On the night of 27 August 1972, four U.S. ships—the USS Newport News (CA-148), Providence (CLG-6), Robison (DDG-12), and Rowan (DD-782)—went into North Vietnamese waters, closing to within five miles of the minefield that U.S. aircraft had recently sown in the approaches to Haiphong. The ships were part of Operation Lion’s Den, a raid on designated enemy targets as part of the American response to North Vietnam’s so-called “Easter Invasion” of South Vietnam.
Embarked in the Newport News was none other than the Commander of the 7th Fleet, Vice Admiral James L. Holloway III, who had chosen to join this aggressive mission because “an evening of fireworks up north would be a chance to observe the North Vietnamese capabilities.” Reassuring the ship’s captain that he was not there to take tactical command of the operation and that he would “stay out of his hair,” Holloway took up his observer’s position on the bridge as the operation got under way.
Splitting into two groups of a cruiser and destroyer each, the warships raced northward at 26 knots. When the Newport News and Rowan were just shy of the five-fathom curve, they turned eastward and commenced firing. Secondary explosions ashore indicated that the 5-inch and 8-inch guns as well as several Shrike missiles had found their targets. Geysers leaping from the surface indicated that enemy gunners ashore were returning fire, and the rattle of shrapnel against the ship’s hull and superstructure indicated that some of the shots were coming close.
At 2333, the mission was complete, and the command to cease fire silenced the batteries. As the Newport News prepared to turn south, the combat information center reported a surface target—designated Skunk Alfa—at 10,000 yards, bearing 088, emerging from a cluster of small islands and closing at high speed from the east. Lookouts identified the contact as a Soviet-made P-6 fast attack craft. Coming hard right, the Newport News opened up with her port-side batteries, and within minutes flames appeared on Skunk Alfa, forcing it to break off the attack and head northward to escape.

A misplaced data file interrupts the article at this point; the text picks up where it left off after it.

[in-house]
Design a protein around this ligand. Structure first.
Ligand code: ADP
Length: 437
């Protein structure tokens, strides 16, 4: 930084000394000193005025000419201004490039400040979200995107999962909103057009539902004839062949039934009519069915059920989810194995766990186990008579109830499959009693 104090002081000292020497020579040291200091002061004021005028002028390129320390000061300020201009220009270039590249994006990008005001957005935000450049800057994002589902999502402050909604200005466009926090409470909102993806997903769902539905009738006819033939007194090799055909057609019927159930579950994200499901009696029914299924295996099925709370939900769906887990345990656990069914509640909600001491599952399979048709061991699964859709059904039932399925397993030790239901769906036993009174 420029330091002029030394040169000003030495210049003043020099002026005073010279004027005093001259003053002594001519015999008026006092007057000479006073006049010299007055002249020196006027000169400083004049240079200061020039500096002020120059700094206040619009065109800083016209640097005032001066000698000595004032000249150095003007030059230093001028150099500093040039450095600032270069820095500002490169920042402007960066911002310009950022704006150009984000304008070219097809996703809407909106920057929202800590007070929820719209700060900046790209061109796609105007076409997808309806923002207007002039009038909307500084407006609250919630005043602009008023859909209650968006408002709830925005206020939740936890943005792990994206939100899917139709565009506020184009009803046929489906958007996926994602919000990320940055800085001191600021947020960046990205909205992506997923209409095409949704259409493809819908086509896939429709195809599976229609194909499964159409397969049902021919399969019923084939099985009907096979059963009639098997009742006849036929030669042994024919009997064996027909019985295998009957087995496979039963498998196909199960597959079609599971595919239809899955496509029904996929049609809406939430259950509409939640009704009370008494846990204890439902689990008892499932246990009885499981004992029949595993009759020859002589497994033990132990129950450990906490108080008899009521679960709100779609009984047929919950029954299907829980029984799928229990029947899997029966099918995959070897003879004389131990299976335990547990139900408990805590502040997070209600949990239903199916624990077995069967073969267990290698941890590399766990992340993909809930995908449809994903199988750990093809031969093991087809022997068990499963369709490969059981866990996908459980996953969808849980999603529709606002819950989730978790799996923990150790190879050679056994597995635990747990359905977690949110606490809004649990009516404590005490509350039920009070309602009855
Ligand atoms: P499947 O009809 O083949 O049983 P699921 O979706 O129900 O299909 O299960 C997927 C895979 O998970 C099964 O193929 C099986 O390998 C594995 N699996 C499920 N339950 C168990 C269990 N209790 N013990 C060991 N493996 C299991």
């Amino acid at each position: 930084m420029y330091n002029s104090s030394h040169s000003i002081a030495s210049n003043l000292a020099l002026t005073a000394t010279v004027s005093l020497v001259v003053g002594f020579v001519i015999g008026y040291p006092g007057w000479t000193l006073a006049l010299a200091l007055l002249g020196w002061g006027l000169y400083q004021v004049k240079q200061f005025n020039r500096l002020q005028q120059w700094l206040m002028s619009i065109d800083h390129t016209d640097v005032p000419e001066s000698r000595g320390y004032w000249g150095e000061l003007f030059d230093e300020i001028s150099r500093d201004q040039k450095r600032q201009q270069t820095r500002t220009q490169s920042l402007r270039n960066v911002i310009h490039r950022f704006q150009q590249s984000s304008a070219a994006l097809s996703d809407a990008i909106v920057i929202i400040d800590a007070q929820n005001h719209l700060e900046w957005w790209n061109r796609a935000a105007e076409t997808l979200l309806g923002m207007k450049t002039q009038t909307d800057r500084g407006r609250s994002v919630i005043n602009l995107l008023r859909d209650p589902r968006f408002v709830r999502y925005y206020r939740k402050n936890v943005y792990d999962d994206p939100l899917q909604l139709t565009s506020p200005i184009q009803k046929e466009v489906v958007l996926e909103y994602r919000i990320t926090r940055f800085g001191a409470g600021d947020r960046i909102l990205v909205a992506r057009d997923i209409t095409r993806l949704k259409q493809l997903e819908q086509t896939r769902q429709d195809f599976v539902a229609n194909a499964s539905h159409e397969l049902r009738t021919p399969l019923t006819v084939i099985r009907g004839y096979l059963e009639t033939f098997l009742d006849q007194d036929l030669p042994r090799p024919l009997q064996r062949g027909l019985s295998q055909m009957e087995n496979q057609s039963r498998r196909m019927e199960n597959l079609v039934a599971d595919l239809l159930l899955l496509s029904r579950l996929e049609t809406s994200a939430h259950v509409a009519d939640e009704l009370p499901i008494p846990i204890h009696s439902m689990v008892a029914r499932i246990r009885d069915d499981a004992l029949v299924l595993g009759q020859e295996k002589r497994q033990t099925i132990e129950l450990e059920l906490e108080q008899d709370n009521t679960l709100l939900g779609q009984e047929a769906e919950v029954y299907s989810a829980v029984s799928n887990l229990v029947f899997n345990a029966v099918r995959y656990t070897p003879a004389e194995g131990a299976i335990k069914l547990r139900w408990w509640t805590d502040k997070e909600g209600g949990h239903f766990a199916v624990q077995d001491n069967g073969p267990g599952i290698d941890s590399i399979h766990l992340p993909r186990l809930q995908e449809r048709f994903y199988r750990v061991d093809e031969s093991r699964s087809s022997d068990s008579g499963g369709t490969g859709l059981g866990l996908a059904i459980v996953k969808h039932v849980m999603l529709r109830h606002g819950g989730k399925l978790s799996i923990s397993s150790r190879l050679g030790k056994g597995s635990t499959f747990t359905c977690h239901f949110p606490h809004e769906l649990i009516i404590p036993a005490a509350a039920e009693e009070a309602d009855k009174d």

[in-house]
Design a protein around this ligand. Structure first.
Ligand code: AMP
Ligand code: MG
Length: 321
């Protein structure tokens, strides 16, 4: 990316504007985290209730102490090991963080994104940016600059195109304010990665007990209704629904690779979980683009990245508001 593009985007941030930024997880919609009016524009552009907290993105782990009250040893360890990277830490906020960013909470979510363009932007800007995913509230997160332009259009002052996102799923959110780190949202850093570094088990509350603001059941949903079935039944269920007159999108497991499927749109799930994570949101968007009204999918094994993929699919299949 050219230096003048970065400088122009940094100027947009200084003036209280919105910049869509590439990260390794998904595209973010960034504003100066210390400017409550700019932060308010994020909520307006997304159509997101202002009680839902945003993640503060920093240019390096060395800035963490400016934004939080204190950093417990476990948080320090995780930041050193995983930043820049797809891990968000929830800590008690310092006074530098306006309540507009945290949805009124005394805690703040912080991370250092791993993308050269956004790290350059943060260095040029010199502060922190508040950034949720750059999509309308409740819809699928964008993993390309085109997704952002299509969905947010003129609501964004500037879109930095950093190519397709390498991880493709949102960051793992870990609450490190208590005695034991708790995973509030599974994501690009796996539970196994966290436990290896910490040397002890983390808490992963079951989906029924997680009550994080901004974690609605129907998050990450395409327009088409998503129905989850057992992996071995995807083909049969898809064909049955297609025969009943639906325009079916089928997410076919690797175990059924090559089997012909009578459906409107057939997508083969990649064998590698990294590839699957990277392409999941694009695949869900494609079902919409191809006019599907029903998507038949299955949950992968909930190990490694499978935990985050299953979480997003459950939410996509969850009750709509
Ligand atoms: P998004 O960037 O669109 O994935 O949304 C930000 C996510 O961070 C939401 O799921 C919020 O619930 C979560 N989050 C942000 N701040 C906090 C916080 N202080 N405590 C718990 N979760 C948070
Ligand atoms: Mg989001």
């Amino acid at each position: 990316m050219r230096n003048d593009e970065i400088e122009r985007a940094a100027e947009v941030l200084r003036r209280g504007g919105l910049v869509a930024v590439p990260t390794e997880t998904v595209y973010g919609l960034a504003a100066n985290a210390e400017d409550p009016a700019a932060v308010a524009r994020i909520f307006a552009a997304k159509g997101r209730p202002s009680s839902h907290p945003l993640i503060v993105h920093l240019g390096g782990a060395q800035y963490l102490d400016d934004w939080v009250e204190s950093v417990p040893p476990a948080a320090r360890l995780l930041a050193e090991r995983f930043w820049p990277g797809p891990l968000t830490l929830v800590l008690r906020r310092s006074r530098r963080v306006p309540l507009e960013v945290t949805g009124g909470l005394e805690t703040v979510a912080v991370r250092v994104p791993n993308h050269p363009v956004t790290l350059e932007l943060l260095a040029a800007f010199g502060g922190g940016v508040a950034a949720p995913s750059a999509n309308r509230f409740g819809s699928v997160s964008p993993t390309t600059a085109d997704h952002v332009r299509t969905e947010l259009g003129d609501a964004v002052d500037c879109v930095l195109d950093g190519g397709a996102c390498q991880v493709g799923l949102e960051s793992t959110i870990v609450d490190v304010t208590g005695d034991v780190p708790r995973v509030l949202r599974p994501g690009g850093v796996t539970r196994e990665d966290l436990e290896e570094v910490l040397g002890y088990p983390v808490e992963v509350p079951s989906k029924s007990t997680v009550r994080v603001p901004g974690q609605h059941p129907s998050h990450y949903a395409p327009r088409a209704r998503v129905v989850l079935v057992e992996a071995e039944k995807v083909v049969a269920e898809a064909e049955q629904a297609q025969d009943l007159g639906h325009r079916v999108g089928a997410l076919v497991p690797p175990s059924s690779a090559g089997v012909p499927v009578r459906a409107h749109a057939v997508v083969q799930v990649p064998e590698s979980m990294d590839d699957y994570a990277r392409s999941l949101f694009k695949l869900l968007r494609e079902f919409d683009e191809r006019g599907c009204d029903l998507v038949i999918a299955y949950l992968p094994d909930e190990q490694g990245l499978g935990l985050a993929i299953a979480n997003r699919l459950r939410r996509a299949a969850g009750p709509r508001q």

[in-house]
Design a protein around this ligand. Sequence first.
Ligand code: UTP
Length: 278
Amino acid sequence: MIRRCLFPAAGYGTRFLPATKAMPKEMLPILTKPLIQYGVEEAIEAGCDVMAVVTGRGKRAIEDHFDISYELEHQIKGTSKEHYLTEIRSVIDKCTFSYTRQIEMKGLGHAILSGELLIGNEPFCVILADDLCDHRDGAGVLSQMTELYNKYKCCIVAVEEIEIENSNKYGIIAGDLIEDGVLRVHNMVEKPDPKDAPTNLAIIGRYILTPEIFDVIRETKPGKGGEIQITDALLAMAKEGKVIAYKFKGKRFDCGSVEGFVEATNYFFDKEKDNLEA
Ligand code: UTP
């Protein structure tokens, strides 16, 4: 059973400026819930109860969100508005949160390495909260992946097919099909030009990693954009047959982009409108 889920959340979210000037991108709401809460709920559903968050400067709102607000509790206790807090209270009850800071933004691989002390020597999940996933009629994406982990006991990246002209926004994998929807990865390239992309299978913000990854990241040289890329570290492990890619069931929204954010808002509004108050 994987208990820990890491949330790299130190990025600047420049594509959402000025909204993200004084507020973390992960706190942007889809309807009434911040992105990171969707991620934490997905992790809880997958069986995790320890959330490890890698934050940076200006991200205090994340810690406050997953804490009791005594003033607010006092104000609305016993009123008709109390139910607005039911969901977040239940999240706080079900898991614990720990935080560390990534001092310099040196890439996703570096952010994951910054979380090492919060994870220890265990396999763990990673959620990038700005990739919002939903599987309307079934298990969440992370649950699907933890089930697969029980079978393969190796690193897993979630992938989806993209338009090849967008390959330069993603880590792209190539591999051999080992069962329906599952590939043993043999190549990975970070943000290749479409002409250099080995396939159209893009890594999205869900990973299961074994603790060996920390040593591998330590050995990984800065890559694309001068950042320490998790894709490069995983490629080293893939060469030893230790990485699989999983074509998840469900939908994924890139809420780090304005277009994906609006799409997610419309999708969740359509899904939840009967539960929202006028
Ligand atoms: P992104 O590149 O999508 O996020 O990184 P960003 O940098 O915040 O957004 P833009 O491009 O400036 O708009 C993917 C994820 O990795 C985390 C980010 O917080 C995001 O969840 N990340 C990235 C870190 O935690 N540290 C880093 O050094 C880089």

Barely were they beyond that harrowing moment, when new dangers arose as two more enemy P-6s appeared on the surface-search radar, zigzagging among the islands due east of the cruiser. This time she put her rudder over left to unmask the starboard batteries and commenced firing. The oncoming boats maneuvered among the ship-sized islands, making it difficult to obtain a solid radar lock. The Newport News was running out of sea room as she closed on the islands, and the situation was made worse when several star shells fired from the Rowan blinded rather than aided the American gunners who were trying to target the enemy boats visually.
At this point, Holloway, knowing that American aircraft were in the air conducting strikes of their own (something the cruiser’s captain did not know), stepped out of his role as mere observer and grabbed the UHF handset. Going out on the guard frequency in the clear, using his rather unusual personal call sign, he said: “Attention any 7th Fleet aircraft in the vicinity of Haiphong, this is Jehovah on board Newport News with a shore bombardment force in Haiphong Harbor. . . . Any aircraft in the area, give me a call on Guard.”
With such a call from on high, it did not take long for the “cavalry” to show up in the form of two A-7 Corsairs. Within minutes Skunks Bravo and Charlie were destroyed by a combination of Rockeye missiles and well-placed flares that aided the cruiser’s gunners.
No longer in harm’s way, the Newport News turned south and headed for friendlier waters as “Jehovah” left the bridge.